- Development & Aid
- Economy & Trade
- Human Rights
- Global Governance
- Civil Society
Thursday, November 27, 2014
- Social organisations in Guatemala are celebrating the entry into effect of a family planning law that will usher sex education into the country’s classrooms and facilitate access to birth control methods, as a victory in the fight against the country’s high birth and maternal and infant mortality rates.
The law, which was passed in 2005 but only went into force on Oct. 30, after facing a number of legal challenges from the Catholic Church, orders the Health Ministry, the Guatemalan Social Security Institute and other public and private health institutions to make modern contraceptives available.
It also requires the Education Ministry to include sex education in the primary school curriculum, with subjects like self-awareness, personal care, reproduction, sexual organs, pregnancy, responsible maternity and paternity, and sexually transmitted diseases.
“We are the Latin American country with the third highest level of maternal mortality and the highest population rate; we are more comparable to the countries of Africa than to Latin America,” Mirna Montenegro with the Observatory on Reproductive Health, a local NGO, told IPS.
And Guatemala forms part of the trio of countries in the hemisphere – along with Haiti and Bolivia – with the highest infant mortality rates: 30 deaths per 1,000 live births according to the preliminary results of the fifth maternal-infant health survey 2008-2009 presented this month by local authorities.
An increase in teen pregnancy, as well as tens of thousands of illegal, unsafe abortions committed every year, are other issues of concern to the Observatory.
Although abortion in Guatemala is only legal if the pregnant woman’s life is in danger, an estimated 65,000 girls and women a year in this Central American country of 13 million people get an abortion, often performed by non-medical personnel under non-sterile conditions, according to a 2006 study by the Guttmacher Institute.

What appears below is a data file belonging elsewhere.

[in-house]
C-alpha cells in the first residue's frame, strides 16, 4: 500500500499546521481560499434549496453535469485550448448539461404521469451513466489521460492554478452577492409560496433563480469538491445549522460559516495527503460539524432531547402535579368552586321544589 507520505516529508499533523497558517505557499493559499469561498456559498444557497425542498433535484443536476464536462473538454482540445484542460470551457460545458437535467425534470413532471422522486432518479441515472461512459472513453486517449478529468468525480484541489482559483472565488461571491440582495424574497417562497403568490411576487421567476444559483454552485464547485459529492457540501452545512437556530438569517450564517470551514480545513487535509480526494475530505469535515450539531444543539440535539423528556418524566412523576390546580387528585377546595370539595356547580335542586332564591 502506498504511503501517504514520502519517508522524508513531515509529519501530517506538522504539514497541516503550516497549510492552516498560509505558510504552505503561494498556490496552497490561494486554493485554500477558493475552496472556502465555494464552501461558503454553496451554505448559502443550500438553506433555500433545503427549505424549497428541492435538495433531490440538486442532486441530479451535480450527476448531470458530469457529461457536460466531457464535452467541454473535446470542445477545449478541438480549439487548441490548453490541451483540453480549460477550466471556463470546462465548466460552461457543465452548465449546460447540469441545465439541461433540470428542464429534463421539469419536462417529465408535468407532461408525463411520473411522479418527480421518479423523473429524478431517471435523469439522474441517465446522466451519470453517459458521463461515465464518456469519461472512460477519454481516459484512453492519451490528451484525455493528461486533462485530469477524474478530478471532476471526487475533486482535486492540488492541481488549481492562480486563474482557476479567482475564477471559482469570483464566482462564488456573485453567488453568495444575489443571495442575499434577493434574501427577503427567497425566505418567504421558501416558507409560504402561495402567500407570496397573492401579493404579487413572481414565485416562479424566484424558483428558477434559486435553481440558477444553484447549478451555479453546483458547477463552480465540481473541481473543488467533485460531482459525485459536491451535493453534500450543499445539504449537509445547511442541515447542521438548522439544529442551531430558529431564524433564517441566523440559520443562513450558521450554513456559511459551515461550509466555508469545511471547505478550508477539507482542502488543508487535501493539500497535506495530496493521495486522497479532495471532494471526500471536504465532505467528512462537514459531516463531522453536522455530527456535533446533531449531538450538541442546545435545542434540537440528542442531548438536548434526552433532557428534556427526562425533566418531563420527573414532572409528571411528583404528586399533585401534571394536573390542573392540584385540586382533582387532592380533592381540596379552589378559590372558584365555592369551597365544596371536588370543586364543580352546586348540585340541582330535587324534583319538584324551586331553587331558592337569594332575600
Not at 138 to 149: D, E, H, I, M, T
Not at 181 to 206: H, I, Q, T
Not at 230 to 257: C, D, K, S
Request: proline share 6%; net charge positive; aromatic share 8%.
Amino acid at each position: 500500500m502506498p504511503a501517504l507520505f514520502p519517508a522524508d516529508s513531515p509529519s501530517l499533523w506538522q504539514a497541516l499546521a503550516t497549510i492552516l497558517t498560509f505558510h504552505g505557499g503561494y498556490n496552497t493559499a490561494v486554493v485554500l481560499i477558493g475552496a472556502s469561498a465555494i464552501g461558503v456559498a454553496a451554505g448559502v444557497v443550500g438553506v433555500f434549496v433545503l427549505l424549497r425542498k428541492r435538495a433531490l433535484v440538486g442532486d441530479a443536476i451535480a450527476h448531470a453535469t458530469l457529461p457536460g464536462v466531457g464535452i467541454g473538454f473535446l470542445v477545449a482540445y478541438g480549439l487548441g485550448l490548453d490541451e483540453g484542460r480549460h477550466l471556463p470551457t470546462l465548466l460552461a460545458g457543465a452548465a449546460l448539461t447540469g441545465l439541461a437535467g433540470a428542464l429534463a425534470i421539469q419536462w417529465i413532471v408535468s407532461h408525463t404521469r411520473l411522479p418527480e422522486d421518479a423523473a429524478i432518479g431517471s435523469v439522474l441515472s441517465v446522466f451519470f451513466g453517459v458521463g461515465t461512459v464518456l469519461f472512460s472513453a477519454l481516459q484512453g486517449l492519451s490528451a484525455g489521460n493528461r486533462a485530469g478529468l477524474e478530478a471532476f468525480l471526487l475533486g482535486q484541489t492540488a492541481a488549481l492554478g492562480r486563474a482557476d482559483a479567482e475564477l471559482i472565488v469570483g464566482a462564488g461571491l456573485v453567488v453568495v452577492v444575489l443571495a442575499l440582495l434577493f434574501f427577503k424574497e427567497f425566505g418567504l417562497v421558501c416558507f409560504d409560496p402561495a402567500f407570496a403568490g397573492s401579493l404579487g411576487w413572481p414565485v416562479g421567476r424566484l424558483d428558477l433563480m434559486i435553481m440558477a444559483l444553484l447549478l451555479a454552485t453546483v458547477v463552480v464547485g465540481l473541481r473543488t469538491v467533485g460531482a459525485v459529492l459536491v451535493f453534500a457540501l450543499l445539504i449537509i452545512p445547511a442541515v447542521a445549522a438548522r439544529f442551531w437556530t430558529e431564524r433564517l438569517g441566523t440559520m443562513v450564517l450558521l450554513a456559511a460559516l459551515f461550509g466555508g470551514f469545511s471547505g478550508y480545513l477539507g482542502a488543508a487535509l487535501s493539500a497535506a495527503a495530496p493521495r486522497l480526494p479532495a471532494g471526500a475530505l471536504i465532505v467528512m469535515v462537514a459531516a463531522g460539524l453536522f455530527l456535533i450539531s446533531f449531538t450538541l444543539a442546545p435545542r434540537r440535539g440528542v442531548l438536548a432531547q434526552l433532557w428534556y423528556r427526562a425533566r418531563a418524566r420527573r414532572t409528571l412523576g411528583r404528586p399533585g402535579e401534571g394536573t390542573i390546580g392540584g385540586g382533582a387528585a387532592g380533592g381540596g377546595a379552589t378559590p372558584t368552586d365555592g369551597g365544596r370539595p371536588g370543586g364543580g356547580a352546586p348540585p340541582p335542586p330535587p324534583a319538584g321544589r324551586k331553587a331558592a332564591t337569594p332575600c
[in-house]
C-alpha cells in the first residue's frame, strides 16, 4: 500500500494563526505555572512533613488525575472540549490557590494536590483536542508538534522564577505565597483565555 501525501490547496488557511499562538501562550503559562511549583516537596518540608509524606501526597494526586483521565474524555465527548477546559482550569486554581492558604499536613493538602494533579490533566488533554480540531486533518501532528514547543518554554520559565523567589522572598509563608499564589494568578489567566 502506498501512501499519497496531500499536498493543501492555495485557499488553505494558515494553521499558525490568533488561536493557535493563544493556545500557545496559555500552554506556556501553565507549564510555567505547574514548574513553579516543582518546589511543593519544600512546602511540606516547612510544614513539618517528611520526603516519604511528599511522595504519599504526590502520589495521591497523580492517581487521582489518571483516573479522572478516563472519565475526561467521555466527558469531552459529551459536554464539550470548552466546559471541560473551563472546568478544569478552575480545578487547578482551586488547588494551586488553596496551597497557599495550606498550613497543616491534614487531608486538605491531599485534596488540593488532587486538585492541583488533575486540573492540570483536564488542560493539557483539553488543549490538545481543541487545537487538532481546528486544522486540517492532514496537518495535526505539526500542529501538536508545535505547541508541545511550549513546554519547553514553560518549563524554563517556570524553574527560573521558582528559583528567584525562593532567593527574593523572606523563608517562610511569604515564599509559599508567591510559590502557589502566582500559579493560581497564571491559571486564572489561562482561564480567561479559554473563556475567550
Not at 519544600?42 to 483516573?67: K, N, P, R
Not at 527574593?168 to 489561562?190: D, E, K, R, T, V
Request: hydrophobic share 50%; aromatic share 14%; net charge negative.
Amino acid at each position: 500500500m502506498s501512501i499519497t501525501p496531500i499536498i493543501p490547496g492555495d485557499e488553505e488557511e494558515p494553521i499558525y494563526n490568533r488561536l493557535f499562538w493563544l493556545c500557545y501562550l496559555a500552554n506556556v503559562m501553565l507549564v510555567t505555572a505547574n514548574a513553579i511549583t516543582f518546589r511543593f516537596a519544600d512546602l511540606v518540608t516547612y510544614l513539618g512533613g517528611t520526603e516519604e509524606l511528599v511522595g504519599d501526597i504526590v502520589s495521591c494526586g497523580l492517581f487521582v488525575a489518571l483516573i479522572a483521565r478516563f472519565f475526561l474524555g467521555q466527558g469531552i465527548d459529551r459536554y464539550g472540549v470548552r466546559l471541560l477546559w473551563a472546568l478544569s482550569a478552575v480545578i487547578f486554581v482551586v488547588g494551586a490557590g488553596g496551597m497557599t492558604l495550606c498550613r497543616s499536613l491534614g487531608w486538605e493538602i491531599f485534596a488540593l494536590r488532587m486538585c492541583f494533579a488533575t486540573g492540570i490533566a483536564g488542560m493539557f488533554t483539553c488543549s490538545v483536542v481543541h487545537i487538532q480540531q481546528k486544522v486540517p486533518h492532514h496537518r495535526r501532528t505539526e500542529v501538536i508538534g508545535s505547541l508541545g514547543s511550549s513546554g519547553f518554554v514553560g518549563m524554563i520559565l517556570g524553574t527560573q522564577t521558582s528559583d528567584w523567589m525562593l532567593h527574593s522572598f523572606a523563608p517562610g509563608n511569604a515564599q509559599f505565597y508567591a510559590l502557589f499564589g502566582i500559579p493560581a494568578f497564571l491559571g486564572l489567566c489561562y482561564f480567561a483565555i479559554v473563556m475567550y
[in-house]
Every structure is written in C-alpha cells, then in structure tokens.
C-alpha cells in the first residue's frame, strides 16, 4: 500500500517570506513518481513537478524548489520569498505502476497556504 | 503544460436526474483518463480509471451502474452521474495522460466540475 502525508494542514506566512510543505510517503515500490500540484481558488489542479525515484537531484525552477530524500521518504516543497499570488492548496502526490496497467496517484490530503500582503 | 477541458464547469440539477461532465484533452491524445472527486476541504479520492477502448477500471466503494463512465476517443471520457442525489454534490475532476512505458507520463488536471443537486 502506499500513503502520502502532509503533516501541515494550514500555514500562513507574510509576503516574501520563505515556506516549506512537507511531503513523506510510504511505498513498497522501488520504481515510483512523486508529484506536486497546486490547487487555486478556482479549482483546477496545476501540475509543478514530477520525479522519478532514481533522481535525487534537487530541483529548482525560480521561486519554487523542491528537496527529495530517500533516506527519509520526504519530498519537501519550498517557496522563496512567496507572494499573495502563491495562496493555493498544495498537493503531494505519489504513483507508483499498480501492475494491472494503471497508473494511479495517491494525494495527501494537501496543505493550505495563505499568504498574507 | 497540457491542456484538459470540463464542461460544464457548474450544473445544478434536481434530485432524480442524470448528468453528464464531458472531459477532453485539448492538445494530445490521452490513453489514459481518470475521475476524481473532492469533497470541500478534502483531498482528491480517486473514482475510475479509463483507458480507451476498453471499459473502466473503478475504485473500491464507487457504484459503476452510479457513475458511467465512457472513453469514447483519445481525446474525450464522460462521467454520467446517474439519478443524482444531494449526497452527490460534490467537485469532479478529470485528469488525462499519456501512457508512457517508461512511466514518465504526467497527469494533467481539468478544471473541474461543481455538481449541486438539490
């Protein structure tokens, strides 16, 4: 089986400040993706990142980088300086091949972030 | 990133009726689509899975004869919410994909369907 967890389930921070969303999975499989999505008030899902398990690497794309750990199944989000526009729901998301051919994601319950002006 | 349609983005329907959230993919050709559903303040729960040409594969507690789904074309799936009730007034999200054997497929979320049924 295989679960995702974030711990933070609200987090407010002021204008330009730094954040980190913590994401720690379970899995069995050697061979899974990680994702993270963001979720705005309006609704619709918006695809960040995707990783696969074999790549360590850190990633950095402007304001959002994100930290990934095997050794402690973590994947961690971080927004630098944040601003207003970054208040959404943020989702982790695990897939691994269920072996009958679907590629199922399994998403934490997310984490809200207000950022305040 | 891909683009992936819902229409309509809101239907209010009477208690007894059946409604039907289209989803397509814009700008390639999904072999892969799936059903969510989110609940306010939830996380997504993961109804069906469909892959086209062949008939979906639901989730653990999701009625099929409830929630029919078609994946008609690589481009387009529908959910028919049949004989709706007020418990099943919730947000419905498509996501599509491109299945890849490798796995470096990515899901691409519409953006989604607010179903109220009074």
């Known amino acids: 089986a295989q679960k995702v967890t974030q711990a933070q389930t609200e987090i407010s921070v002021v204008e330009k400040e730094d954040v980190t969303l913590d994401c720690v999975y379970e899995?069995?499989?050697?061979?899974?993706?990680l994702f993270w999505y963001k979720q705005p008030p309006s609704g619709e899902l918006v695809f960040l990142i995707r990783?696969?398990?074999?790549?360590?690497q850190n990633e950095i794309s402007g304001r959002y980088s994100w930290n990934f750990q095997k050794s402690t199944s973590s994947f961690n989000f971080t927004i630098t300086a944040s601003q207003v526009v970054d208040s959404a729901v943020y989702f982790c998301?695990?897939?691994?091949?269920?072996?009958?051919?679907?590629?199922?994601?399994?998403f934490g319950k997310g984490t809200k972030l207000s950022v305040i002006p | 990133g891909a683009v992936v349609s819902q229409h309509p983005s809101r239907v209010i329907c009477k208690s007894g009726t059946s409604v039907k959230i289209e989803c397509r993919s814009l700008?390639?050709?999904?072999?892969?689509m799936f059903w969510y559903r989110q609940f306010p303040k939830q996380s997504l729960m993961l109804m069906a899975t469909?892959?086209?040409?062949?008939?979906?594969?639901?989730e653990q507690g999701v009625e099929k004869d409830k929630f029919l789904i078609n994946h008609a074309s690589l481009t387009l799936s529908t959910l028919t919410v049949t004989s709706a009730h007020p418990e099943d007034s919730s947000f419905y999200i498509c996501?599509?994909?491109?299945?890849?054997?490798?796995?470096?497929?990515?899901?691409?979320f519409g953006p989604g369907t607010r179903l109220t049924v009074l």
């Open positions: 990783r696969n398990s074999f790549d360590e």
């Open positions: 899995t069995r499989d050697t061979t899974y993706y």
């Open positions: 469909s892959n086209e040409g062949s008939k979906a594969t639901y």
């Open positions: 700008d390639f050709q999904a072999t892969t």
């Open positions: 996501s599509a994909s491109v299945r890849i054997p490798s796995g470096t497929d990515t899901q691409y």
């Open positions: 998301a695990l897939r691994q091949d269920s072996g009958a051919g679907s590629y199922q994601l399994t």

The report also states that nearly 22,000 women a year are hospitalised for treatment of abortion-related complications.
Montenegro highlighted two key aspects of the new family planning law, one of which was the creation of a national commission on contraceptives, which will oversee and guarantee provision and supplies of birth control through the different health services.
It has been clearly demonstrated that as a result of family planning methods, “women have greater access to sources of income, and maternal and infant mortality are reduced,” said Montenegro.
The other aspect she underscored was the sex education curriculum for primary school, which has two different segments: first through third grades, and fourth through sixth grades.
“Because it’s complicated to leave the responsibility only up to the parents, if we take into consideration that there is no father figure in 30 percent of households in Guatemala,” she said.
Besides the high maternal and child mortality rates, Guatemala has the highest level of chronic malnutrition in Latin America, and the fourth highest in the world: nearly 50 percent of children under five are malnourished, according to UNICEF, the United Nations children’s fund.